“First, I’m sorry to hear that you didn’t land it” were the words I shared with a friend who lost a good size opportunity because of his client’s perception that his professional practice just wasn’t big enough to handle their needs. It has to be a frustrating feeling when you know you have all the tools but perception stands in the way of getting a bigger bite of a client’s business or landing a new prospective client. I don’t think the picture can be any clearer why a small professional practice should seriously consider growing. Oftentimes, practitioners who are considering growing do so for the wrong reasons. Sure, there could be increased revenue opportunities unveiled by coupling with other practitioners or even by hiring administrative or managerial help that would allow the rainmaker to delegate more of that work and get out of the practice to create more opportunities. Adding practitioners (especially fee-only) might impact the top line and there is a lot to be said for the intangible synergy in being around a larger group rainmakers. These reasons do make sense. There still may be a bigger concept that is missing…pun intended. Many times these small-business owners dismiss public perception of their practice as a valid reason to grow. That would be growing for growth’s sake and who cares what the public thinks. However, the perception of bigger might translate into stronger or more stable which ultimately translates into more attractive to larger clients. It may be the only way to move beyond the impression of being “just a guy holding out an ‘Open for Business’ sign”.
Perception is reality. To that point, there may be things that the micro/small-professional practice can do to improve public perception of their size. For instance, marketing materials can be created with imagery of a larger organization. Operating the company in a more virtual way, when possible, might help avoid the negative impression of being “too small” so long as there is a strong media presence. Micro/small-professional-practitioners should do all that can be done to try to present a bigger image in their materials, web, and social presence anyway but there comes a time when the only way to give a “bigger” perception is to be bigger.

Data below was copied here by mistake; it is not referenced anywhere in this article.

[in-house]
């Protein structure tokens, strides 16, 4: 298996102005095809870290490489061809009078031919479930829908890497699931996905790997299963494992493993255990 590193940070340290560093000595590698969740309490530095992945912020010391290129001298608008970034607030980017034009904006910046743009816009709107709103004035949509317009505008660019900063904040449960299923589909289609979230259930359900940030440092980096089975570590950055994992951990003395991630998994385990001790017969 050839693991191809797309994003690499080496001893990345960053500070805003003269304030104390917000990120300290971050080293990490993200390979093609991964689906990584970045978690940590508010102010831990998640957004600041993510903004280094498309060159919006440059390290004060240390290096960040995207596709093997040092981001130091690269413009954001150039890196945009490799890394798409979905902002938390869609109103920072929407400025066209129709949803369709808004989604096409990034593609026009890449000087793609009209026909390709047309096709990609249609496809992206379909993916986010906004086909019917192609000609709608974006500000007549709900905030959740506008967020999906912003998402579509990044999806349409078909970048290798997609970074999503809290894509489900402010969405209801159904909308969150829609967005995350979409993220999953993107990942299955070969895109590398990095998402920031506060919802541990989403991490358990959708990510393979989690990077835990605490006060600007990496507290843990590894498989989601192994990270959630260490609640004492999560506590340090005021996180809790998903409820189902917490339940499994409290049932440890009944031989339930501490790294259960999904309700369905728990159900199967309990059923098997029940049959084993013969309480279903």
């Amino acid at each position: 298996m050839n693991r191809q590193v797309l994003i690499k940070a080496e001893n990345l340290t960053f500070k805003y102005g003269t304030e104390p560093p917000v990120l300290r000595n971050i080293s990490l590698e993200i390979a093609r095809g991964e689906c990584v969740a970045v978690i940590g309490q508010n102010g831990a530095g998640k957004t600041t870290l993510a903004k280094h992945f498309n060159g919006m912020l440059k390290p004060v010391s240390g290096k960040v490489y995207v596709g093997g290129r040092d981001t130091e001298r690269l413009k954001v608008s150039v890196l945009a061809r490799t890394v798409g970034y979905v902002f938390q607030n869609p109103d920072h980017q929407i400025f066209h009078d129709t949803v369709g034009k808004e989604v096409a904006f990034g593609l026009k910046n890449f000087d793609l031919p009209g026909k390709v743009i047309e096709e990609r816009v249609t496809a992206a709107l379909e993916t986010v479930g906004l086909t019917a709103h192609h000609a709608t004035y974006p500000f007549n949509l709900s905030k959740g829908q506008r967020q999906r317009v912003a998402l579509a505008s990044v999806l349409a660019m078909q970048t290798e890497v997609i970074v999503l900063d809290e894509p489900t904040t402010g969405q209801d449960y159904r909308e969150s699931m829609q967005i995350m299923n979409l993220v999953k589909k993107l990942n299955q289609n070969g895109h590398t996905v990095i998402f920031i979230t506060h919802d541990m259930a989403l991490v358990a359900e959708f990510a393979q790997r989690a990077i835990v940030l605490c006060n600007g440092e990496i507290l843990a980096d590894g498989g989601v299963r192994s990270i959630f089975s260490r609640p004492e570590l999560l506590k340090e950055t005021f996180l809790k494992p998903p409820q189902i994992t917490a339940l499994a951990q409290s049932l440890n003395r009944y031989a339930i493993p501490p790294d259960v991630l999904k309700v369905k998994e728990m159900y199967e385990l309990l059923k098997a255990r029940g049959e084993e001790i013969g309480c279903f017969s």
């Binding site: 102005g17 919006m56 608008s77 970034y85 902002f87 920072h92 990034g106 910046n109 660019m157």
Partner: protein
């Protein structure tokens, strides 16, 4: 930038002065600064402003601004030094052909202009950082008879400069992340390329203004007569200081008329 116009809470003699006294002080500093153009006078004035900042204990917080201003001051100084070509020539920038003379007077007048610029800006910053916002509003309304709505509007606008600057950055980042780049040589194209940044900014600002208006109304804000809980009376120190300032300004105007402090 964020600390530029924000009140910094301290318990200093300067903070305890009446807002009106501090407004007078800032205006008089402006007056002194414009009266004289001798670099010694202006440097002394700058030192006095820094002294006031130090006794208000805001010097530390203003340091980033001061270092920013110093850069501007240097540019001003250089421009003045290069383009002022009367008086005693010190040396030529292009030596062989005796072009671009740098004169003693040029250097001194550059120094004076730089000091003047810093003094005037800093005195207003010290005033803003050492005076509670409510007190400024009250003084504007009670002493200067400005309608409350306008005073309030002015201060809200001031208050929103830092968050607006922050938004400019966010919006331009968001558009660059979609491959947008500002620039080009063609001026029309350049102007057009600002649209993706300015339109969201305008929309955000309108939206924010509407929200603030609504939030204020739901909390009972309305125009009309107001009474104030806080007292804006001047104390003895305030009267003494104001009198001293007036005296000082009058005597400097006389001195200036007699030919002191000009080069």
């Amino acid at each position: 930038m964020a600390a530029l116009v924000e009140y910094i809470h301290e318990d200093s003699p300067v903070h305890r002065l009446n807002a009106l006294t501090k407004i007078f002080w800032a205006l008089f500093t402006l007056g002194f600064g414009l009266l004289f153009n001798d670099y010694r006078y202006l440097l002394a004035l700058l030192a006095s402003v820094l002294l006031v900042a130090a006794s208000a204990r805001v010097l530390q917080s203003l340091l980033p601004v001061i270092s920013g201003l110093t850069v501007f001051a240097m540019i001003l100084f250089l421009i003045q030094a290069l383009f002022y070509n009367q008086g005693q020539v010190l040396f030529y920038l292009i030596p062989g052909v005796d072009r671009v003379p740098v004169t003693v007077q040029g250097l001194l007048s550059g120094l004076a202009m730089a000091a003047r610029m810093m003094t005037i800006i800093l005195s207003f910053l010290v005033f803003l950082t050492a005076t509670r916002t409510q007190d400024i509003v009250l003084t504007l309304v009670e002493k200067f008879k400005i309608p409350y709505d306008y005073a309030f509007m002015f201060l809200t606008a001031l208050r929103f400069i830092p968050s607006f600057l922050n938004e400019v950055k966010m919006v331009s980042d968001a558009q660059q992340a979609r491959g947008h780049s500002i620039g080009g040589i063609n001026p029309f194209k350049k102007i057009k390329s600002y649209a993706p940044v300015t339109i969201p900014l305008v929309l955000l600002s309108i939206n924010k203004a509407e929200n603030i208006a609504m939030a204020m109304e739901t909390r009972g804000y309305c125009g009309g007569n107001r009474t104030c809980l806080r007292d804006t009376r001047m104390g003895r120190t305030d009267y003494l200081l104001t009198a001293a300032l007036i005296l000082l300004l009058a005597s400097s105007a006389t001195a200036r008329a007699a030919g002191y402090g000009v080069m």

There are a lot of reasons why professional practices stay small, though. Some are conscious and many are unconscious. Without getting into a behavioral psychology study, it is worth considering whether there are some hang-ups about success and achievement that hold otherwise incredibly talented practitioners down. Some of the reasons for staying small are possibly deliberate. Wanting to avoid the headache of a bigger payroll is one that comes to mind. KISS- Keep It Simple, Stupid. There is no doubt that there is a correlation between size and complexity. The bigger the organization, the more complex things become.
So, before running a “Help Wanted” ad, private-practitioners and small-practice operators should ponder what their role would be in a larger organization than what they have today? They should survey other practitioners turned executives who have larger organizations, for their thoughts and insights. Don’t be surprised to hear that they sometimes long for the day when things were simpler. That doesn’t mean, though, that your role in growing a bigger organization has to be identical theirs. It should be a warning, though, that you must do something to avoid feeling that way yourself.
If, as you consider what it means to be at the head of that kind of organization, you determine that you don’t really want to be at the head of a bigger organization, you should ask a couple follow-up questions. First, are you satisfied with where your practice is today? Is it sustainable or will you eventually be out-sized? In other words, how sustainable is your current business model? Captain Obvious says, “If you know the model is unsustainable and the end is near, the sooner you cut bait, the better”. Pouring blood, sweat and tears into a flawed business model is insanity. Ask the tough questions and be real with yourself. After having walked in the shoes of a business owner, is it what you want out of your career? There is no shame in walking in another direction. What you cannot do is walk in a direction you know will not lead to where you want to be.
Daniel L. Grote, CFP® (aka. Captain Obvious) is a Partner with Latitude Financial Group, LLC
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